Reporters Without Borders wrote to the Minister of Justice

Monsieur Fikret Mamedov, Justice Ministry
Inshaatchilar ave. 1, Baku City, Azerbaijan

Paris, 16th July 2009

Dear Minister,

Reporters Without Borders, an organisation that defends press freedom worldwide, would like to draw your attention to the case of two bloggers, Adnan Hadji Zadeh and Emin Milli, who were arrested in Baku on 8 July and were placed in two months’ pretrial detention on hooliganism charges under article le 222.1 of the criminal code when they appeared before Sabail court Judge Rauf Ahmadov two days later.

We believe that the charges brought against them are baseless. Furthermore, the 10 July hearing was brought forward for no good reason, and the court took no account of what their lawyers had to say in their defence. These are serious violations of their basic rights. We urge you to contact the prosecutor with a view to getting these charges dropped immediately.

Shortly before their arrest, Mr. Zadeh and Mr. Milli were assaulted by two men, Babek Huseynov and Vusal Mammadov. The police arrested the two assailants but then released them and arrested the two bloggers instead.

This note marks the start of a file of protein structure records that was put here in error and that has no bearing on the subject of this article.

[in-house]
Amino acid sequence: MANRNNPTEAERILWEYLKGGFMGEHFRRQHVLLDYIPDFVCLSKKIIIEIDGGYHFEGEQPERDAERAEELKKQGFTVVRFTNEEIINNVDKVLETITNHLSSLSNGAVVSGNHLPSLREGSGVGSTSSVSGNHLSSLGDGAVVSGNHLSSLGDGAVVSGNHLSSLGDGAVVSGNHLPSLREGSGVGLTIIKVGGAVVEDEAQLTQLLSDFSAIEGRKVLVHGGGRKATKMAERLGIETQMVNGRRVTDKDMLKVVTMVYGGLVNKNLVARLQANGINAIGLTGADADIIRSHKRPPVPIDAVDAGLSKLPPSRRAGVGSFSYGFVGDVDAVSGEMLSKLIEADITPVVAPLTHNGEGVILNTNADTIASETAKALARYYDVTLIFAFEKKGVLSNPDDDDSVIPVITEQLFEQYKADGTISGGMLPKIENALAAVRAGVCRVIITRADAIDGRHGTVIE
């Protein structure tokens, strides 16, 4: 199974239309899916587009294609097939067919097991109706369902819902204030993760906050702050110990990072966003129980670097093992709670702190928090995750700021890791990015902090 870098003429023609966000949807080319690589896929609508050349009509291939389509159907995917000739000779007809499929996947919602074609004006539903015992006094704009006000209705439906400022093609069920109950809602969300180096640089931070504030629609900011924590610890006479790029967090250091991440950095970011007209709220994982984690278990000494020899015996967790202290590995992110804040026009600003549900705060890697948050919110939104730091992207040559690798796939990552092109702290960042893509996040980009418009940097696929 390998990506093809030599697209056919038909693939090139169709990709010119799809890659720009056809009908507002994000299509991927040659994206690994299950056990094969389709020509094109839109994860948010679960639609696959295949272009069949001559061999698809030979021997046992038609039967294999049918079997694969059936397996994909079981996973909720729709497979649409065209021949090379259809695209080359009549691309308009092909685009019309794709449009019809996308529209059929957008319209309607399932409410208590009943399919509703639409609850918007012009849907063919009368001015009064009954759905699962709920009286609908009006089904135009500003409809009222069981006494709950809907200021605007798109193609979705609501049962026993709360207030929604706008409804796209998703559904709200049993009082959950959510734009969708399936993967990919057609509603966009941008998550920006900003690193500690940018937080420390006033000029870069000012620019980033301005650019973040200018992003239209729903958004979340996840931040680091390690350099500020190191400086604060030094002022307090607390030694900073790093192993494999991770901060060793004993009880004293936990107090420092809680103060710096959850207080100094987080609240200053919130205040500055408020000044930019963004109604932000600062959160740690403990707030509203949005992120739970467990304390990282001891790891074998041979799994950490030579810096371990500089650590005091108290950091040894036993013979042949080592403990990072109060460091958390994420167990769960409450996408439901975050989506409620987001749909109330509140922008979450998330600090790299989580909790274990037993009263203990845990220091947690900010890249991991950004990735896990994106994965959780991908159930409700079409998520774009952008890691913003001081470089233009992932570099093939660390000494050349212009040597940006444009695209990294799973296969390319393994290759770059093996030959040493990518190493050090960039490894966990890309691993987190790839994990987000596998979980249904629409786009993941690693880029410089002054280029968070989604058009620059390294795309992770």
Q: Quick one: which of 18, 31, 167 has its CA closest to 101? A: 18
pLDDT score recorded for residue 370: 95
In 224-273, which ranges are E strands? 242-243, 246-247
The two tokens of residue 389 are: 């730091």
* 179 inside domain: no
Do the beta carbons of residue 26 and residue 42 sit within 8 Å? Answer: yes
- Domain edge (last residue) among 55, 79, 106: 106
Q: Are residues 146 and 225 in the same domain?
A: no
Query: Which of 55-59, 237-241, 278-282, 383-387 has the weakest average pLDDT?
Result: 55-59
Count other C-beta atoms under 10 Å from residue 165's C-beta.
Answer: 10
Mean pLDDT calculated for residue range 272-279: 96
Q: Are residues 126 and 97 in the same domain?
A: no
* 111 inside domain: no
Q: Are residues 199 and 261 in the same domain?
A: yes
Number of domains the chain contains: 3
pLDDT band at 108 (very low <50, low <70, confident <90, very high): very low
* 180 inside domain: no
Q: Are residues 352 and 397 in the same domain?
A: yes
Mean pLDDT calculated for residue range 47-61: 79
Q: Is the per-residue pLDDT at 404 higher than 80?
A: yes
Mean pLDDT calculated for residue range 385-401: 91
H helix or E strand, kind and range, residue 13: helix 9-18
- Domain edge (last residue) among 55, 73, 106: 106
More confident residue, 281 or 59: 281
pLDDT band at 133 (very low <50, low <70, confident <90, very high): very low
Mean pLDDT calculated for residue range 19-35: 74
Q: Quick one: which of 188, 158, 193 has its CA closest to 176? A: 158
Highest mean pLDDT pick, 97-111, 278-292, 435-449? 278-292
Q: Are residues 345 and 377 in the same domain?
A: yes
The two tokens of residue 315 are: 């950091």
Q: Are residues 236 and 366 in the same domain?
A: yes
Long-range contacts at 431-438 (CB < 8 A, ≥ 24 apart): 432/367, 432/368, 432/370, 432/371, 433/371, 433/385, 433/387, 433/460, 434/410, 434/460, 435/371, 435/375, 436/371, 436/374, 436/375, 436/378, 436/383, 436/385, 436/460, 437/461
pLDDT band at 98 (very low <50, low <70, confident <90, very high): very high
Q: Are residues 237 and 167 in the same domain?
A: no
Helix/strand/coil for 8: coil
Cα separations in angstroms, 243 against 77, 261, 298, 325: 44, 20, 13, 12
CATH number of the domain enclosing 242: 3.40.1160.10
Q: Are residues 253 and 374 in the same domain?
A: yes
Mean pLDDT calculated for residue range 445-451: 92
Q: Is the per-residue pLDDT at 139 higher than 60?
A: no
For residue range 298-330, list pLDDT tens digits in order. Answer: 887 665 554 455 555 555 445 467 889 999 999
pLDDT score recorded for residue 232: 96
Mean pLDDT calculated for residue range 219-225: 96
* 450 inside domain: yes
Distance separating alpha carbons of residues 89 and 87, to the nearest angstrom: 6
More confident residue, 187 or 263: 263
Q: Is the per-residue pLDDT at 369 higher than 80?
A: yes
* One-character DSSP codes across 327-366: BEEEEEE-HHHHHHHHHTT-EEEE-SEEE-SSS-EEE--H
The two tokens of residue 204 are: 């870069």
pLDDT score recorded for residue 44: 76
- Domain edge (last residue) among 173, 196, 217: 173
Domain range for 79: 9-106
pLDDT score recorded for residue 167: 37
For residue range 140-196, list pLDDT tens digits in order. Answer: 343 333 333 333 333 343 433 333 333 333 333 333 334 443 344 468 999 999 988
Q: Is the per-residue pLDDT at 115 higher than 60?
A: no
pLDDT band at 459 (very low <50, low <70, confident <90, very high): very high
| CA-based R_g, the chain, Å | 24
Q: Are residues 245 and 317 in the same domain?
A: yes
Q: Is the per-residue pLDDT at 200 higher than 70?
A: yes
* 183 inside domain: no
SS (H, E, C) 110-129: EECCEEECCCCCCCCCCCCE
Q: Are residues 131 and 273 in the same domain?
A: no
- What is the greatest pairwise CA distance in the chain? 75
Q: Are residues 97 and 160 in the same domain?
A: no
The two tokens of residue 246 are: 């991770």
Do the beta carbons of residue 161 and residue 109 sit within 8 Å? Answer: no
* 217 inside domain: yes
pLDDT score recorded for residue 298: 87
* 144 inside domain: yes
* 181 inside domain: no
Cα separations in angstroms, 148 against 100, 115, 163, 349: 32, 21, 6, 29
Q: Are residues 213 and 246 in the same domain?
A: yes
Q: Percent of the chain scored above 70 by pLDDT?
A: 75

Mr. Zadeh is a video blogger and member of the “Ol” opposition movement, while Mr. Milli is one of the founders of a youth group called “The Alumni Network”. Mr. Zadeh’s nose was broken in the attack, while Mr. Milli sustained injuries to a leg and other parts of the body. They have not received the medical treatment they need.

We would like to know the real reasons for the arrest of Mr. Zadeh and Mr. Milli, who are facing a possible five-year jail sentence. An application for their release was filed on 13 July. We urge you to examine the case as we believe the dismissal of the charges would send a strong signal of a desire to improve respect for free expression and human rights.

Under article 5 of the European Convention on Human Rights, the right to freedom is subject to only a few legal exceptions and people may be detained only in certain precise circumstances, for example, where they are suspected of having committed crimes or when a court has sentenced them to imprisonment. Such circumstances do not exist in this case.

The Convention also provides for the right of rapid recourse to a court to determine the legality of an arrest or detention, and for the right to be tried within a reasonable period or to be freed pending trial. The 10 July hearing did not satisfy these rights. Mr. Zadeh and Mr. Milli had access to their lawyers but the court paid no heed to their lawyers and did hear the testimony of their relatives, who witnessed the assault.

According to their lawyers, the judge’s decision to detain them was illegal because there is no evidence that Mr. Zadeh and Mr. Milli committed any offence.

We trust you will give this matter your careful consideration.


Jean-François Julliard
Secretary-General, Reporters Without Borders

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